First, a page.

As they say, all good things must come to an end. Maybe you'd like to retire, or maybe it's time to pass the family business to the next generation. For one reason or another, many business owners will face a time when they need to transfer their ownership rights to another person or entity.
Business owners have several options when it comes to transferring ownership rights. Be sure to consider all your options before making any decisions. Read the examples below to understand all of the options you have to choose from when you make the decision to exit your business.
An Outright Sale
Liz owns a local clothing boutique but it has not preformed the way she had hoped over the last year. With several other businesses on her plate, she can no longer afford to continue running the boutique. She needs a quick exit and quick cash. She may choose an outright sale of her business. By selling a business in full, you will transfer ownership immediately and receive payment for your assets right away.
A Gradual Sale
Bill owns a small food market near his home. After the birth of his granddaughter, he now spends most of his time at his daughter's home several hours away. Bill may choose to complete a gradual sale of his business. A gradual sale is a flexible option in transferring a business that tends to benefit everyone. After transferring business ownership, Bill no longer has to worry about running his business but is still receiving a monthly income from the gradual sale. This option often benefits individuals that cannot afford an outright sale, but instead are able to finance a long-term payment plan.
A Lease Agreement
Barbara has decided to take a year-long cruise around the world. To take care of her daycare center she's decided to transfer ownership to a friend through a lease. By transferring your business ownership through a lease, you'll commit to a contract that details the conditions and payments you'll receive for the temporary rights to the business.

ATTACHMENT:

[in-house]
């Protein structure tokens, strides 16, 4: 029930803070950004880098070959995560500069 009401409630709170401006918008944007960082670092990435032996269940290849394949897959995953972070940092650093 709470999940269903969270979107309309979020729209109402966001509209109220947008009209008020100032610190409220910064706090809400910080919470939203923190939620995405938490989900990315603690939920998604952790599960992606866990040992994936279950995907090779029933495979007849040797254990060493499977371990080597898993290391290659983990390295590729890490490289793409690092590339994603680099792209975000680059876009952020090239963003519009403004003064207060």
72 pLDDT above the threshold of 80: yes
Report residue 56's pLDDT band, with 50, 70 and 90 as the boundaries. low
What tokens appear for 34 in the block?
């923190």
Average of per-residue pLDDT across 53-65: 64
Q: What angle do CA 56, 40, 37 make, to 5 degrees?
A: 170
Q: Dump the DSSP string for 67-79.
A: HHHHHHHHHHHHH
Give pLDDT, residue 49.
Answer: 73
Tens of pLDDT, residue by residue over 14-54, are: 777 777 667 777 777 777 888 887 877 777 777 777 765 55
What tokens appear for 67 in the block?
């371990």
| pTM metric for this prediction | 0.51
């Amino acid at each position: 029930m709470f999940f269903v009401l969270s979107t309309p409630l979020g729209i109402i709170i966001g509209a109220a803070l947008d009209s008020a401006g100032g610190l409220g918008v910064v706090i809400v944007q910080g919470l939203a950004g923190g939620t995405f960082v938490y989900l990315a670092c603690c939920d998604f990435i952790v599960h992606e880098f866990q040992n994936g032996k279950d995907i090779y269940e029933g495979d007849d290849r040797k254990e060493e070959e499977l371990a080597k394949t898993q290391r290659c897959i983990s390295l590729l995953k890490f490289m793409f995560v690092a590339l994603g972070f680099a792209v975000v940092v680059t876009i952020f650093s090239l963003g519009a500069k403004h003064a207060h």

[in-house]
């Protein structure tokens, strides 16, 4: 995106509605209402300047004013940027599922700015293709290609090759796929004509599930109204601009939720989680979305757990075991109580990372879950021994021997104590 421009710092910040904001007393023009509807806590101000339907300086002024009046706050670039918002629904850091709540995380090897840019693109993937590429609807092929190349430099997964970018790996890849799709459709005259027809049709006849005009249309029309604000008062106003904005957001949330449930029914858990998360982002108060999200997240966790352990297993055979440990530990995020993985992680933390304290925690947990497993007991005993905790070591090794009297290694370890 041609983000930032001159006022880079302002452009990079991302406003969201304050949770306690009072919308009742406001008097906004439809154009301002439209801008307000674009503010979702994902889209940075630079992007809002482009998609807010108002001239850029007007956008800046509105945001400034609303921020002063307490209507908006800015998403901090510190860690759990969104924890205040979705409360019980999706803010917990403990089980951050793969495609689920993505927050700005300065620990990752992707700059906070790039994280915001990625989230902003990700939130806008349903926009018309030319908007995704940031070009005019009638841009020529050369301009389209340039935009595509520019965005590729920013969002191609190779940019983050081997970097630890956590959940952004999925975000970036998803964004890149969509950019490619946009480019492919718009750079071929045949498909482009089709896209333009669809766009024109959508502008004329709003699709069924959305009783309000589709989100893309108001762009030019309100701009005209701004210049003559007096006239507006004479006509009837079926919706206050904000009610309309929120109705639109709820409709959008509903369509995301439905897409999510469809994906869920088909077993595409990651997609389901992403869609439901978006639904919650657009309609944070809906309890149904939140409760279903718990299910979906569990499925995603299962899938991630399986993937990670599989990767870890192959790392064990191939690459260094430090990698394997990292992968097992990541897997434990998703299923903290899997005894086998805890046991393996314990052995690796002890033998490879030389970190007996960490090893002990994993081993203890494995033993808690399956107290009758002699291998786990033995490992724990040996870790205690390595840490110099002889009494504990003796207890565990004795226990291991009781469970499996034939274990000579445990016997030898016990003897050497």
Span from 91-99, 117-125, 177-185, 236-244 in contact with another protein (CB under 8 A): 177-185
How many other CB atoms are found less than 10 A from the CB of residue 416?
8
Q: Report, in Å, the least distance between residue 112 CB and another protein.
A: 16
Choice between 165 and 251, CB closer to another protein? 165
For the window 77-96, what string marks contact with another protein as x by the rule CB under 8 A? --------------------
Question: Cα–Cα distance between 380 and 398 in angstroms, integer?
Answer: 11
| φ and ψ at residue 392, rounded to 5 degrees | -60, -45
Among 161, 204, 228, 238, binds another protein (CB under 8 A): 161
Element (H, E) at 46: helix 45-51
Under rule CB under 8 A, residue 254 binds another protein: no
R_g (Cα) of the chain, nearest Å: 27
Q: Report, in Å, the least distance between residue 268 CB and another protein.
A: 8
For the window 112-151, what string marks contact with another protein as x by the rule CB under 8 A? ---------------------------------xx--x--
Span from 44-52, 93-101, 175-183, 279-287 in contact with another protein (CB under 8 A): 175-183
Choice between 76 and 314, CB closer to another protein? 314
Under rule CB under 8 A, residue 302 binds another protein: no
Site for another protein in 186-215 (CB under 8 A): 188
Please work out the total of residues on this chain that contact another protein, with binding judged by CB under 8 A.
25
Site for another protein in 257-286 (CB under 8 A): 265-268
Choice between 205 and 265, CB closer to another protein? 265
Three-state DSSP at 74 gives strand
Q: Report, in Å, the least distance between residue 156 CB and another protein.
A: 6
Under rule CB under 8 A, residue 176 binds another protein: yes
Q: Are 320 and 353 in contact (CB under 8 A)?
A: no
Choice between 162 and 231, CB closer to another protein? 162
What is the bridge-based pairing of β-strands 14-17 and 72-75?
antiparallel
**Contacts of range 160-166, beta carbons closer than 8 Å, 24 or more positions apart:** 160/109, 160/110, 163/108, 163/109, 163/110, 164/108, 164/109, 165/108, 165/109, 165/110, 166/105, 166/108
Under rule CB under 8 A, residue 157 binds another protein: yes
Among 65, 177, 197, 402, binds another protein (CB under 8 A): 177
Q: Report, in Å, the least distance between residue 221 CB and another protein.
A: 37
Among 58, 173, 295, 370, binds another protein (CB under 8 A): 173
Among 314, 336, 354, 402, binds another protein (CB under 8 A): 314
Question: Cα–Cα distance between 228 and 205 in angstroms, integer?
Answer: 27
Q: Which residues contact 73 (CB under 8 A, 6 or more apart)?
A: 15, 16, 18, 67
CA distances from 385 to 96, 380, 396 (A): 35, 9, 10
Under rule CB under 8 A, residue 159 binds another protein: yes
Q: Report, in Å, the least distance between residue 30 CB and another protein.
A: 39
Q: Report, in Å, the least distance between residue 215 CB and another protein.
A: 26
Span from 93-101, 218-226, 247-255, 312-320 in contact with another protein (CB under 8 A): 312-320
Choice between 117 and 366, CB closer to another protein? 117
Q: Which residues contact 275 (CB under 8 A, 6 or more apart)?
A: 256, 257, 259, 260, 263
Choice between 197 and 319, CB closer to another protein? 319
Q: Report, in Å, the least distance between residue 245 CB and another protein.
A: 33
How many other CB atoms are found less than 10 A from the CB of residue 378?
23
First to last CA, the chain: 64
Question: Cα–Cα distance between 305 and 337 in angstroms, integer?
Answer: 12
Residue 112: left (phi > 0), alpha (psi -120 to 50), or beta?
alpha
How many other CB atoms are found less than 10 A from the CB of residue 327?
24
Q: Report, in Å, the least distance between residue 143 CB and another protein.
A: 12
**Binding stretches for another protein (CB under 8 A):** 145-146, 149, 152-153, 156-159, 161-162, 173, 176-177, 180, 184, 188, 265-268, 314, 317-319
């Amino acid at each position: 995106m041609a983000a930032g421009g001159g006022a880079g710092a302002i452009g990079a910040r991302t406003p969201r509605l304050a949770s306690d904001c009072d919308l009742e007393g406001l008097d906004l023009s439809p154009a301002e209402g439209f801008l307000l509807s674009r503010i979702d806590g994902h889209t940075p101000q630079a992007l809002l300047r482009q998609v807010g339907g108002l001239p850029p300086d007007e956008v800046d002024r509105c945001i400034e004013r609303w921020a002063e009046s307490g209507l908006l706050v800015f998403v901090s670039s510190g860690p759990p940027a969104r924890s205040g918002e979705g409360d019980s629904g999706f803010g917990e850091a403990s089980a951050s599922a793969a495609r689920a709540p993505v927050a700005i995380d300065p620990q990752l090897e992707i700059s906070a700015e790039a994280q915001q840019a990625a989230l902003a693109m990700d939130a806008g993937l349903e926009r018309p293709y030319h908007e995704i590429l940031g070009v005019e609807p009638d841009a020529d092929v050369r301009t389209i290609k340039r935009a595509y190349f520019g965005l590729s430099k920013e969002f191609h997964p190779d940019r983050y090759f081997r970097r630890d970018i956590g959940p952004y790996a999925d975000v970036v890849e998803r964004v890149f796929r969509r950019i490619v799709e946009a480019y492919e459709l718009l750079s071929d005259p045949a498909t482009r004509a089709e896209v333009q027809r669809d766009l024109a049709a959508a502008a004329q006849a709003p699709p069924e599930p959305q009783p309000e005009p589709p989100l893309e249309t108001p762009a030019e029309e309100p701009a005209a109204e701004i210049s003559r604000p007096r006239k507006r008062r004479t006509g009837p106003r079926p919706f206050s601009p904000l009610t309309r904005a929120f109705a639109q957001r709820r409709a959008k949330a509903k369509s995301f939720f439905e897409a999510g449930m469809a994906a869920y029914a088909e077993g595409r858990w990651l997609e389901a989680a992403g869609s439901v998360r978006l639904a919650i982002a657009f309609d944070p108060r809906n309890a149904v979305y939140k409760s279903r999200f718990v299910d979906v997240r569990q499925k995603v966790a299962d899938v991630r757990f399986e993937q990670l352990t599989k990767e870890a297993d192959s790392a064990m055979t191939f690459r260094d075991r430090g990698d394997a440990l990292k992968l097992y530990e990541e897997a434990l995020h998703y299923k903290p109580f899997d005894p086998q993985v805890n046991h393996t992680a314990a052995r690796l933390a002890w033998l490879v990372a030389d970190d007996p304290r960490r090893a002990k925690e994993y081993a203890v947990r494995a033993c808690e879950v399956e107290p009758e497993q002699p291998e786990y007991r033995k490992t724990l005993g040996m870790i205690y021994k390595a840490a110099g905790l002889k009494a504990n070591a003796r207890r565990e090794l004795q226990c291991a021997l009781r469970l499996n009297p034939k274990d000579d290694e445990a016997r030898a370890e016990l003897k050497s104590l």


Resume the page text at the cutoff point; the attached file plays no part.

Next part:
The Family Business
Transferring ownership of the family business to a new generation is often more complicated than it sounds. Additional tax implications, such as estate and gift taxes, generally arise for both parties. Proactive succession planning can help provide business stability, prepare for tax obligations, and make the ownership transfer as smooth as possible.
The Type of Your Business Matters
As with many other regulated aspects of business ownership, the type of entity you own makes a difference. Your business type will affect what steps are required to transfer ownership as well as the tax implications of your transfer. For example, because Liz's business is a sole proprietorship she has total control over her business and therefore has full rights to complete a sale. The rules for partnerships, limited liability corporations, and corporations will require additional actions that are specific to their situation to complete a transfer of ownership. Because these steps tend to be situation-specific, it is very important to speak to a lawyer as well as local small business experts for advice.